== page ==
Automakers go 'green' in Beijing

April 28, 2010 by Allison Jackson
A Chinese-made Geely electric car is on display at the Beijing Auto Show near the capital's airport on April 26. Dozens of carmakers are showing off "green" vehicles as they position themselves for a hoped-for alternative-energy boom in the world's biggest auto market.

Dozens of carmakers are showing off "green" vehicles at the Beijing Auto Show as they position themselves for a hoped-for alternative-energy boom in the world's biggest auto market.

SAIC Motor Corporation, China's biggest car maker in terms of sales, unveiled its E1 electric car at the week-long show, where nearly 1,000 vehicles are on display -- mostly gas-guzzlers, but also 95 hybrid and electric models.

US auto giant General Motors and China's BYD were also wooing customers with their "green" models in a market that raced past the United States last year to take pole position.

GM rolled out its Volt electric car, which is expected to be on the road in 2011, while BYD, part-owned by US billionaire investor Warren Buffett, launched its five-seat, all-electric e6.

Beijing Holding Co announced at the show it would invest about 3.7 billion yuan (542 million dollars) in developing alternative-energy cars, in a sign of the growing importance of that segment of the market.

"I think there is a tremendous amount of opportunity here," said Paige Mantel of Better Place, a US maker of electric vehicle systems such as battery chargers.

But analysts warned that the road to a viable green vehicle market in China remains a long one that requires government subsidies to smooth the way.

"The government needs to play a big role to get critical mass," said Raymond Tsang, a Shanghai-based partner at consulting firm Bain & Company.

"What is lacking is more systematic, consistent subsidies."

Alarmed by worsening pollution and a soaring reliance on oil, China is pushing green energy technologies, saying it wants sales of such vehicles to account for 10-15 percent of total sales by 2020.

But progress has been slow.

The government had been expected in January to announce subsidies for alternative-energy vehicles that would make them more affordable for price-sensitive Chinese consumers.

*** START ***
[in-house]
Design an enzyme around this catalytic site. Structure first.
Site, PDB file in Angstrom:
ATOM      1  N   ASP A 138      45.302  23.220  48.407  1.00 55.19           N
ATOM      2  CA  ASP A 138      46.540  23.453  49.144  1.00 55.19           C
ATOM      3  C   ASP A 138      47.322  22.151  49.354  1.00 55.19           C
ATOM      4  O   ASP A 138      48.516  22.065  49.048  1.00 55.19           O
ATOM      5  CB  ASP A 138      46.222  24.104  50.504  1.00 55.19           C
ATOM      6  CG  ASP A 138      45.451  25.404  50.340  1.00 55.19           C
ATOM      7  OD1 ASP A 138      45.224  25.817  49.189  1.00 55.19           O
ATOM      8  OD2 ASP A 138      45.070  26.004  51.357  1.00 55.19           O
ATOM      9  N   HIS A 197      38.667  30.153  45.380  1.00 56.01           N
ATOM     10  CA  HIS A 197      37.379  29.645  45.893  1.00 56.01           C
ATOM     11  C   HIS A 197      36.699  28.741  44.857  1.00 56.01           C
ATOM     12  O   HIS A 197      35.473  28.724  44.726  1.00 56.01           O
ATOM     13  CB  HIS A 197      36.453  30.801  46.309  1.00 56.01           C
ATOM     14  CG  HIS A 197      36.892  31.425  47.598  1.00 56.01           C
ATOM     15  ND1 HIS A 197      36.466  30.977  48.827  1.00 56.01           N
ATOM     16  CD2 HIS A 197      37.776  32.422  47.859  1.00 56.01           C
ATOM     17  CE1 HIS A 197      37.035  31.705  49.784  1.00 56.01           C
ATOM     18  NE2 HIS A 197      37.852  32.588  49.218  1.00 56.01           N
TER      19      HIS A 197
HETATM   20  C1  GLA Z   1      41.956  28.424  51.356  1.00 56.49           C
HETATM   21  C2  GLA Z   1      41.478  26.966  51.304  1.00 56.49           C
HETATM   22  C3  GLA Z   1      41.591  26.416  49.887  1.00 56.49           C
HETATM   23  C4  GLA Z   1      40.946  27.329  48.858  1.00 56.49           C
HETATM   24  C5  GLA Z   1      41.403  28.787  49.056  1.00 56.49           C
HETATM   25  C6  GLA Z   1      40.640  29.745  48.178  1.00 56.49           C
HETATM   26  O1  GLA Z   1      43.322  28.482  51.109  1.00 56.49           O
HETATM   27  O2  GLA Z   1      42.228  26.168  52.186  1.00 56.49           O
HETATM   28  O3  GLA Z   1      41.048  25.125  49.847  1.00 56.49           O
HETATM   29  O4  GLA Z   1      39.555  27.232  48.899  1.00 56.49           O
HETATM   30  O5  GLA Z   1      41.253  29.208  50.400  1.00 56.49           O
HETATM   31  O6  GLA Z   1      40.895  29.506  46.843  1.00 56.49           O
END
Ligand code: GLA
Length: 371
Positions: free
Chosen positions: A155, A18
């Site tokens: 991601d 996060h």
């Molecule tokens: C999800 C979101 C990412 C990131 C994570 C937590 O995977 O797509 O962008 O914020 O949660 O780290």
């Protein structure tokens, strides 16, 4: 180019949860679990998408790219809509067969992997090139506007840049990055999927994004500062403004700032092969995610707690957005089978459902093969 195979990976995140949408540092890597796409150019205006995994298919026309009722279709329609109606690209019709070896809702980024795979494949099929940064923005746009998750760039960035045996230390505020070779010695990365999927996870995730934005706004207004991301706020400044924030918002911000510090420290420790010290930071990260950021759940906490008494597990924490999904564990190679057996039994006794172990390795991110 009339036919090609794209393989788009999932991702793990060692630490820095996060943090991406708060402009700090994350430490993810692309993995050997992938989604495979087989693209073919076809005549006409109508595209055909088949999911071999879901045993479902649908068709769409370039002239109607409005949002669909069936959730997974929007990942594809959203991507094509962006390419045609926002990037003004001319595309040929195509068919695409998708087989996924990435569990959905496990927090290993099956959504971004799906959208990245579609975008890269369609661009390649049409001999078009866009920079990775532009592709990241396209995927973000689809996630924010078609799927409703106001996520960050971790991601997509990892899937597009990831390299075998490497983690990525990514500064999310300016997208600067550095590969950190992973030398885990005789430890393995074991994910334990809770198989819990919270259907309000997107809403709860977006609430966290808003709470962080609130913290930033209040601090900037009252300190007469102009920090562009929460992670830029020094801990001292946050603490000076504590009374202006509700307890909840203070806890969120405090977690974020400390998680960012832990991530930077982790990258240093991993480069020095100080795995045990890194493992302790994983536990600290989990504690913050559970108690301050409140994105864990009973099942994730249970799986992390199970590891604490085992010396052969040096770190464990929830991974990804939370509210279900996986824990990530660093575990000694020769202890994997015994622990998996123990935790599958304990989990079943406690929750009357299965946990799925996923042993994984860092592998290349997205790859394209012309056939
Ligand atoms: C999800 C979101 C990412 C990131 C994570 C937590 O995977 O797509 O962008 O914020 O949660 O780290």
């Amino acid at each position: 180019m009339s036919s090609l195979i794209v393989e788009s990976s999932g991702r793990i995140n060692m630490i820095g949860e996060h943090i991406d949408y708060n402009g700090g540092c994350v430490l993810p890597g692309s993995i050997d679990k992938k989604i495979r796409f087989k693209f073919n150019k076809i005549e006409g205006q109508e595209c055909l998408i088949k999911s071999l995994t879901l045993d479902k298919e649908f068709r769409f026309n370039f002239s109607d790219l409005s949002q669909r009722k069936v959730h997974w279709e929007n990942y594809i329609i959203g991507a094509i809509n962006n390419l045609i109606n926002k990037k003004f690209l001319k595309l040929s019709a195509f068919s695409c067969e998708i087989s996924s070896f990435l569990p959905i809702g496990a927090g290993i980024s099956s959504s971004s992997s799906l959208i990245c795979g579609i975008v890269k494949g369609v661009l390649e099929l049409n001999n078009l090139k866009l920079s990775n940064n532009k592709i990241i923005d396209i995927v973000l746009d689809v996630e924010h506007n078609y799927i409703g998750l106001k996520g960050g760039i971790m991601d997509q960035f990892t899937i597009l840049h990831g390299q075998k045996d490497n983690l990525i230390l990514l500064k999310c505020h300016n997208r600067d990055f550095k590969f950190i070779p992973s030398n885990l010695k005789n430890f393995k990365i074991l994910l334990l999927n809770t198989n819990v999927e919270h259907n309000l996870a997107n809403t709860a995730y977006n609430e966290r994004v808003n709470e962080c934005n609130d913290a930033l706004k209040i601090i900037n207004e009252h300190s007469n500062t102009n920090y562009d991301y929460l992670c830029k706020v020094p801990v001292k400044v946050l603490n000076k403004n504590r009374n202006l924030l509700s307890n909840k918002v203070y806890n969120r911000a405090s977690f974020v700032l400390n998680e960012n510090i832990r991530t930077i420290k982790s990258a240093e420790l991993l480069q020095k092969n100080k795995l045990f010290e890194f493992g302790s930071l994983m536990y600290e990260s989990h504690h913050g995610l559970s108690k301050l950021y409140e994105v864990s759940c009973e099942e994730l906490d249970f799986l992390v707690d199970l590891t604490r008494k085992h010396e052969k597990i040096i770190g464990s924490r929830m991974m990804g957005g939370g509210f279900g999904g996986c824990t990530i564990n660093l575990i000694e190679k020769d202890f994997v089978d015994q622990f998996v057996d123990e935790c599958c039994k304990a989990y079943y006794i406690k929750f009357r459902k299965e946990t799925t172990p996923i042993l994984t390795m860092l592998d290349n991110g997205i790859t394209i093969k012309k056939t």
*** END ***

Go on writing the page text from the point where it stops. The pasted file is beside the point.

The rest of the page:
However, Beijing reportedly delayed the announcement to seek further input from automakers.

In the meantime, high price tags, limited driving ranges and lack of battery recharging stations were putting the brakes on sales, said Finbarr O'Neill, global president of consulting firm JD Power and Associates.

Less than 4,000 hybrids were sold in China last year while electric car sales were "negligible", he said.

That compares with total China vehicle sales of 13.64 million in 2009 -- vaulting it past the United States -- as increasingly well-off consumers snapped up fuel-guzzling models, helped by government sales incentives.

Green-energy vehicles however remained considerably more expensive than standard internal combustion engine versions, with a rechargeable battery adding 10,000-15,000 dollars to the price tag, said O'Neill.

"I don't see a sizable part of the buying public that will pay a premium just to have an ecologically positive car," he said.

"Without subsidies, it is going to be very difficult for companies like BYD to reach critical mass."

BYD reportedly delivered just 48 F3DM plug-in hybrid sedans in 2009 at 149,800 yuan each. It sold 290,000 of the fuel-powered version at 59,800 yuan apiece.

China's government and automakers have invested less than 10 billion yuan in developing "green" vehicles since 2006, including 1.1 billion yuan from Beijing, the Ministry of Industry and Information Technology said in January.

Despite the sluggish start, there is optimism among industry players such as Better Place.

The company last weekend signed a preliminary agreement with Chinese independent Chery to develop electric vehicle prototypes for government pilot programmes.

"It is the largest car market in the world and it is a country that is looking for alternatives to oil," Mantel said.

The Beijing , which opened to the public on Tuesday, runs through May 2.

Explore further: Mitsubishi rolls out zero-emission electric minicar

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not rated yet May 04, 2010
Barbara Boxer, a California State Senator, has presented a bill which will ban NHTSA workers from holding jobs with auto producers for at least three years after they quite working with NHTSA. NHTSA, National Highway Traffic Safety Administration, has been held accountable for numerous of the latest recalls, including Toyotas a number of safety flaws. The problem is that Toyota's cars aren't being looked over carefully enough by the engineers with NHTSA because they are understaffed. My question is, why can't the NHTSA engineers work at an auto making firm? Wouldn't a NHTSA worker be a good thing for the auto company, specifically being on the front lines of auto manufacturing? I will investigation this a lot more because obviously I must be missing some details.

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